16 Other 17,90 % Subsidy available from Government or EU 12,80 % Demand from individuals 79,50 % Demand from SMEs (less that 250 employees) 25,60 % Demand from large companies (over 250 employees) 20,50 % 80 % 70 % 60 % 50 % 40 % 30 % 20 % 10 % 0 % Figure 18. The reasons to start to provide e-learning (n=39). Demand from individuals (79,5 %) was the primary reason for starting e-learning according to training providers. As Other several various things like desire to develop the training provision and education methods, ability to reach larger customer groups and changes in the processes of cooperation partners were mentioned. When analysing the results of this question, it must be noticed that the respondents had an opportunity to choose more than one alternative. iv. Subjects offered and qualifications Other Languages Other services ICT, communications etc. Tourism Technical subjects of the primary sector Technical subjects of the secondary sector Business and management 43,90 % 26,80 % 36,60 % 48,80 % 14,60 % 9,80 % 43,90 % 73,20 % 80 % 70 % 60 % 50 % 40 % 30 % 20 % 10 % 0 % Figure 19. The subjects included to the e-learning courses (n=41).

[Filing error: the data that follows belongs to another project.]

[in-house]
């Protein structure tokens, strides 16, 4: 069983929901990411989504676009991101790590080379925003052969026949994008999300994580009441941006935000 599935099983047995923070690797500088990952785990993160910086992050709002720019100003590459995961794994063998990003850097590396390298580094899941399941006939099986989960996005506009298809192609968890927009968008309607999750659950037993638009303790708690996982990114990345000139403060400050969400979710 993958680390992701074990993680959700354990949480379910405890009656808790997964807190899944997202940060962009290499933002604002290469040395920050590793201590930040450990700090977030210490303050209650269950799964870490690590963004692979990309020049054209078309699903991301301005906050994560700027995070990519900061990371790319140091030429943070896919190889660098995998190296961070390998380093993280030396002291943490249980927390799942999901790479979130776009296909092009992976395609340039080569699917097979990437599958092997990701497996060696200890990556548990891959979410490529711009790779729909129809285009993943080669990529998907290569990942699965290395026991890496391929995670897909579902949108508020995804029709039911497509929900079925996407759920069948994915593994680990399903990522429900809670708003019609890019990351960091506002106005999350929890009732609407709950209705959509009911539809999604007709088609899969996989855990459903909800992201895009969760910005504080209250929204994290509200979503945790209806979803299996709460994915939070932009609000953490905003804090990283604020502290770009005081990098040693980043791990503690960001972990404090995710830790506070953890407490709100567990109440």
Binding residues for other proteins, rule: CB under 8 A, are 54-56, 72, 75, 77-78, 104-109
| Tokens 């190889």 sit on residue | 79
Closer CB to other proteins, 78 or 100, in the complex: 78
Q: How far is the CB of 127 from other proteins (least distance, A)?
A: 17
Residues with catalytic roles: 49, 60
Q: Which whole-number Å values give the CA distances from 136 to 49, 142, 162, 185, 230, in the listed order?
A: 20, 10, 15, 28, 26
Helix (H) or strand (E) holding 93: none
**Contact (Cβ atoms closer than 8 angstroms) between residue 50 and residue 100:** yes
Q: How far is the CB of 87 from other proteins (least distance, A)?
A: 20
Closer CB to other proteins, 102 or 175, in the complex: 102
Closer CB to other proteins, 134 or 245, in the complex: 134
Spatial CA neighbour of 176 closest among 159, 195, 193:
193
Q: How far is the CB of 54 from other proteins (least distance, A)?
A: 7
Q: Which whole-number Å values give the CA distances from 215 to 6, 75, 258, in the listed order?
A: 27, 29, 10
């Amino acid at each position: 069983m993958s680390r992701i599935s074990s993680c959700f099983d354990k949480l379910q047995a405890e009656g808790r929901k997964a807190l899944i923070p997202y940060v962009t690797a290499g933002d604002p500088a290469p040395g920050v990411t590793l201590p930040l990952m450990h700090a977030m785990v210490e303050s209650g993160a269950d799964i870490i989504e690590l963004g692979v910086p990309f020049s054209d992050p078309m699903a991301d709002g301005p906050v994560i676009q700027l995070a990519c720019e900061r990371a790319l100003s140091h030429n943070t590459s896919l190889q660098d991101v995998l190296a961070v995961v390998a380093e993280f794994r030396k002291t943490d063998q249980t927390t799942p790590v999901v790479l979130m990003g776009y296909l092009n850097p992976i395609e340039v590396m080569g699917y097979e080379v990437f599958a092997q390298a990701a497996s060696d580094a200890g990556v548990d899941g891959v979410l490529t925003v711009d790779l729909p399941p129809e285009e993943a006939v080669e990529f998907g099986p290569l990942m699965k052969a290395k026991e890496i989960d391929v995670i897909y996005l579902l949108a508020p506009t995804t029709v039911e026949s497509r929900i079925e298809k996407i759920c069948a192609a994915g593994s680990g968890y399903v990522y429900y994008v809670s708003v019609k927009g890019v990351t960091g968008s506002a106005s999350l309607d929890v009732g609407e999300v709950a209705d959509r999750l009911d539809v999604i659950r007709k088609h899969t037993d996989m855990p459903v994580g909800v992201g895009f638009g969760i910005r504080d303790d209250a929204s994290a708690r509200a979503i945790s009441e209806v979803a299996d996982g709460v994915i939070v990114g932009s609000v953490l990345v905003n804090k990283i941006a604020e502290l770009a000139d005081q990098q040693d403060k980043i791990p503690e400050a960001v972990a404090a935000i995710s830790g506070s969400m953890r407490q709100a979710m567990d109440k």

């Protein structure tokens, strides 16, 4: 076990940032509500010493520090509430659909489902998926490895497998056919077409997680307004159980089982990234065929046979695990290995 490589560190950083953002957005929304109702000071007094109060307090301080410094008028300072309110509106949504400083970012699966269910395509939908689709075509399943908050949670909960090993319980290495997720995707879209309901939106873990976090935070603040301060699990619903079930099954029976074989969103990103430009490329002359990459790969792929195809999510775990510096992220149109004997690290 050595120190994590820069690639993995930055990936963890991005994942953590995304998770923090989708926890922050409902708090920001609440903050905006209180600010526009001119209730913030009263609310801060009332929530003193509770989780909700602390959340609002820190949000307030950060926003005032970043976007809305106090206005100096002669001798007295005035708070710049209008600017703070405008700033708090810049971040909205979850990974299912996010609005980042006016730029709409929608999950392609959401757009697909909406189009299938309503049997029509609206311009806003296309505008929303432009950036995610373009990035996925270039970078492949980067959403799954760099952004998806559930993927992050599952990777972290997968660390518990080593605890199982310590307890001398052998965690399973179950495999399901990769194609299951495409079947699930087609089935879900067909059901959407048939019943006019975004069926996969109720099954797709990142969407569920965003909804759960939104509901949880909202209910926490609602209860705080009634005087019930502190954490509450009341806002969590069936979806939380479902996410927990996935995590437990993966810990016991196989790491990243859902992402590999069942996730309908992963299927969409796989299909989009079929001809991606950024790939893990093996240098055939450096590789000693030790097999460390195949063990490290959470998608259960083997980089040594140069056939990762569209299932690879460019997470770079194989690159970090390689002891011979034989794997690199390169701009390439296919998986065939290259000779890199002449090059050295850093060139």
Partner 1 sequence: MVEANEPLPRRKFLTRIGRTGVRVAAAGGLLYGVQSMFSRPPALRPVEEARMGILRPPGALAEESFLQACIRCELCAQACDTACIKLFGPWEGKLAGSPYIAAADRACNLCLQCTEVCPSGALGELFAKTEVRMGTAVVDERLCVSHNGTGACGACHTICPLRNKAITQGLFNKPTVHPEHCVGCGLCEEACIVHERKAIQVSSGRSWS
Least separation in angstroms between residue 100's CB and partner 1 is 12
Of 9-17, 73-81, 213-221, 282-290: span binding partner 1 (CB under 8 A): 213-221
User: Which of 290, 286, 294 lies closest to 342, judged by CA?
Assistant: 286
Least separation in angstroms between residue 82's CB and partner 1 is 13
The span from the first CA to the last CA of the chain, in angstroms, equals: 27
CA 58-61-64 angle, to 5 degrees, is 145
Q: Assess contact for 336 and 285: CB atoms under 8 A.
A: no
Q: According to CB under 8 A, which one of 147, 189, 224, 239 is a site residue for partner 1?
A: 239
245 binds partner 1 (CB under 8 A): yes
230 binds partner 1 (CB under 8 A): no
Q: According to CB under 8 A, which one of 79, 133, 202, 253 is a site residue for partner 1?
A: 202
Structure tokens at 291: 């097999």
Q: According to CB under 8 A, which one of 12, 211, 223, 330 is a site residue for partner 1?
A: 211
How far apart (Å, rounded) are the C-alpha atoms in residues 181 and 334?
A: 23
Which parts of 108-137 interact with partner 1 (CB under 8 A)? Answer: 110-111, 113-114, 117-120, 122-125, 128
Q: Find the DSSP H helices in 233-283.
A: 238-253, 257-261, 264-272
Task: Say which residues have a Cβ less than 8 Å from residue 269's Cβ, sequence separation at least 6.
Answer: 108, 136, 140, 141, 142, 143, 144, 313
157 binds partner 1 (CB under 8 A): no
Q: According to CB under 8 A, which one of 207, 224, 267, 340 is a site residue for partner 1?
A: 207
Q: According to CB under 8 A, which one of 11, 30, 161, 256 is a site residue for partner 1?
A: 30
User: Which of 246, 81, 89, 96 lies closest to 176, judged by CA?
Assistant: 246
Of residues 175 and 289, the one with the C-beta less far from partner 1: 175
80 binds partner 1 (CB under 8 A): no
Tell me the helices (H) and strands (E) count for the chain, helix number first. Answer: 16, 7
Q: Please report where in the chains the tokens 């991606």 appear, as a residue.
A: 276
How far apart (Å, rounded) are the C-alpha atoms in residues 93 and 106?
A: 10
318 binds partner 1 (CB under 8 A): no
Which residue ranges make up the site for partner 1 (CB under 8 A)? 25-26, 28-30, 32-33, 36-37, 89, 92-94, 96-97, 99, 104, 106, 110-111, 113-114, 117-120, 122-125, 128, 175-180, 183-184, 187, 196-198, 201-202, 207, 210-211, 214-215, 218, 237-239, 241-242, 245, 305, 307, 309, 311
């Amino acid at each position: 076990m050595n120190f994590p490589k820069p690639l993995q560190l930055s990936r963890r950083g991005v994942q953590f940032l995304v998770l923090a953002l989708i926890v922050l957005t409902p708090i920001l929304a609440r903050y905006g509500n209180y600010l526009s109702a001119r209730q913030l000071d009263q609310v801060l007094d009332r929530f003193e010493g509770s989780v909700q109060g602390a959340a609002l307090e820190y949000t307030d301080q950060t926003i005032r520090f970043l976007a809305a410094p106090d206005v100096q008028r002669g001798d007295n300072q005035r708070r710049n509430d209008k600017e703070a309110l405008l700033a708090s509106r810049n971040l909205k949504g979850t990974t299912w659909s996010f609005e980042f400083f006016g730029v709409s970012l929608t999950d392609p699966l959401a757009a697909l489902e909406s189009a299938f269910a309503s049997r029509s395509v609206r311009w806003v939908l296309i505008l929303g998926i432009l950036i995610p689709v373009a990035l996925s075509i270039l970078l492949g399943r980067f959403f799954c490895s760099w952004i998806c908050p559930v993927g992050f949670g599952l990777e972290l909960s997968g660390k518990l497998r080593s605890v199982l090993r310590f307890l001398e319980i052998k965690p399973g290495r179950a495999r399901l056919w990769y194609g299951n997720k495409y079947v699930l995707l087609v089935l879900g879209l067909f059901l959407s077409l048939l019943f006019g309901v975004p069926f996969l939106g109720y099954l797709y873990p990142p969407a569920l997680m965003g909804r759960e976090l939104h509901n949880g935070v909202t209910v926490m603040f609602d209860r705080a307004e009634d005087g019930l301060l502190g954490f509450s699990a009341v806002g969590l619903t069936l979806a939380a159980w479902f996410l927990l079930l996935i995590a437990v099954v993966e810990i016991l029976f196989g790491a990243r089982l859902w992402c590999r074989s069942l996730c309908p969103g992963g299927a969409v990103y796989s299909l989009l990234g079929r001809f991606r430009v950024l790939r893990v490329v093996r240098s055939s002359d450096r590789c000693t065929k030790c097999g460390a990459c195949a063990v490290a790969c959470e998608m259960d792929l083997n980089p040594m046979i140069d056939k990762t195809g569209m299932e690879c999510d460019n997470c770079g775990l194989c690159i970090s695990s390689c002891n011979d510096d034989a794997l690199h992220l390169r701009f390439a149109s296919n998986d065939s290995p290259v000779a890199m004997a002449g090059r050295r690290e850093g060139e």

17 Most organizations offered business and management as e-learning topics. ICT was also offered by nearly half (49 %) of the respondents. Technical subjects of the primary sector were quite naturally not often included to e-learning courses. Also tourism was rarely included to the e-learning courses. When analysing the results of this question, it must be kept in mind, however, that the general training provision of the respondent organisations can influence strongly to the chosen subjects. If the organisation does not provide tourism studies in general, it most likely will not provide them either in e-courses. Other 21,60 % Certificate of your organisation 75,70 % Recognised international certification of nonformal learning Recognised national certification of nonformal learning Formal qualification of initial or postsecondary education/ training 5,14 % 45,90 % 40,50 % 80 % 70 % 60 % 50 % 40 % 30 % 20 % 10 % 0 % Figure 20. The qualifications available for trainees on completion of e-learning courses (n=37). Most (76 %) organizations give a certificate of e-learning participation but some (40 %) also offer a recognized national certification. When analysing the results of this question, it must be noticed that the respondents had an opportunity to choose more than one alternative. v. E-learning provision: delivery mode, student participation, ICT requirements 100 % 90 % 80 % 70 % 60 % 50 % 40 % 30 % 20 % 10 % 0 % 33,00 % 41,00 % 94,90 % 5,10 % E-learning, selfadministered by the student E-learning, tutor assisted Blended learning (e-learning and face-to-face learning) Other Figure 21. The types of offered e-learning courses (n=39)